That I was well coordinated and good at sports had, I think, two important consequences. It gave me confidence in my body, in my physical presence, which I consider valuable. Even more important, it gave me a sense of competence that is hard to fake. On the field and in the game, athletic competition is beautiful and moving because it provides one of the too few models where the criteria of performance are clearly central to the tasks at hand. It surely contrasts with intellectual life in that respect, and I think it helped give me my critical eye for sociological performance. I also learned a good bit about jazz phrasing from my friend the black trumpet player in the Marine Corps, and I think those rhythms are in my prose. Instead of using an outline, I hear chord progressions when I am writing well, as if I were soloing with rhythm support. Singing in public also gave me a sense of performance and some experience in overcoming fear.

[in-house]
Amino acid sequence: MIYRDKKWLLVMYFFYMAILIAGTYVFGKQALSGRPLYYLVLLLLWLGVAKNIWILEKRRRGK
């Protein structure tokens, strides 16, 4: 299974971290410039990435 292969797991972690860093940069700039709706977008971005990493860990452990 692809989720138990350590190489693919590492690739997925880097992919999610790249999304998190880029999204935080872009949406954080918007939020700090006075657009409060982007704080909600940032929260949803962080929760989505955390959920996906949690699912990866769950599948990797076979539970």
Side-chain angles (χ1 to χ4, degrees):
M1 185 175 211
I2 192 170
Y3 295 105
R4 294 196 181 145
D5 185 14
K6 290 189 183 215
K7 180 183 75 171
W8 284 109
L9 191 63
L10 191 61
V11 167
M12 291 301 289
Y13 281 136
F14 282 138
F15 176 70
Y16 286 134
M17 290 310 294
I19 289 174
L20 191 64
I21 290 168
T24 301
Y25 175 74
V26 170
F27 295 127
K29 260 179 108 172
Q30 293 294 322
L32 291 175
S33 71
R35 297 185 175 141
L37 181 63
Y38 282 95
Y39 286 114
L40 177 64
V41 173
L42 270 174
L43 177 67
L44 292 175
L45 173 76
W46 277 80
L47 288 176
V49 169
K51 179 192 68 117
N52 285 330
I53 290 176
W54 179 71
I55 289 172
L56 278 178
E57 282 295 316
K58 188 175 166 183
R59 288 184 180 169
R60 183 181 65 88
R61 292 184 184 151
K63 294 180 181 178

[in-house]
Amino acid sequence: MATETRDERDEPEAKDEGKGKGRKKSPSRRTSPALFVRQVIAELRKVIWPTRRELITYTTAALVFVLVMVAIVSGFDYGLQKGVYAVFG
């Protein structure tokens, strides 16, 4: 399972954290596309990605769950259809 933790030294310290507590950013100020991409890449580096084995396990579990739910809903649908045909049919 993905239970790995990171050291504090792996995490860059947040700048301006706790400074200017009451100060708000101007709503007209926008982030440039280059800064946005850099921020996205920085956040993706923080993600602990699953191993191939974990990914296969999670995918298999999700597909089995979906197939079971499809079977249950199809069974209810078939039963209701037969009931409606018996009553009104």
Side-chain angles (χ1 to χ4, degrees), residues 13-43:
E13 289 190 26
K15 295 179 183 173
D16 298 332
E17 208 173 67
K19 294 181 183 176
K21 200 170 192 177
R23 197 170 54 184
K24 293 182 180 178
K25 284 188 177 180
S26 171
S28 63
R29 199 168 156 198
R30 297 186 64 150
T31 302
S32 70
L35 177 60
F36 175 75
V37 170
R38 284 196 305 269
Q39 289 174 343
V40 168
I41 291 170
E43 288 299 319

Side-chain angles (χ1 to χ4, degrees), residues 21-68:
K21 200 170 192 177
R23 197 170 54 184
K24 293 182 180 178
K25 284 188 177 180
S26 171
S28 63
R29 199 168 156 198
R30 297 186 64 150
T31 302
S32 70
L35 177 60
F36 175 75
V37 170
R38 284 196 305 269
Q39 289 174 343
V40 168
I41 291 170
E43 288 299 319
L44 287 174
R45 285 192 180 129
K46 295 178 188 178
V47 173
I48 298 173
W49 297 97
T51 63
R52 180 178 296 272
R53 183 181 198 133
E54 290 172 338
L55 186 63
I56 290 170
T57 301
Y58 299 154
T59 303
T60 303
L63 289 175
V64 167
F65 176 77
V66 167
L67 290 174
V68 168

That I almost certainly would never have gone to college had it not been for that library in the jungle made me sensitive to historical accident and skeptical of the determinisms claimed for macrohistorical variables unless I could see the way they operated in relatively intimate, close-up interaction. My experience in campus politics gave me a sense for the discrepancy between effort and reward and insulated me to some extent against the pieties of the Protestant ethic and the unfelt clichés of political speech—even political speech I agreed with—which are inauthentic because they are political, that is, uttered to win applause or other approval rather than communicate truth or feeling. (Almost all speech is to some extent political, of course, the present instance not excepted.)


The fact that I had a very late literacy made me feel that I had a lot of catching up to do. For many years my peers always seemed smarter, better educated, more sophisticated than I was. That I had to fake a lot under those conditions to maintain my face made me sensitive to the ways in which other people faked a lot to maintain theirs. I still feel more comfortable questioning the authority of authors and lecturers than I do authoring and lecturing myself.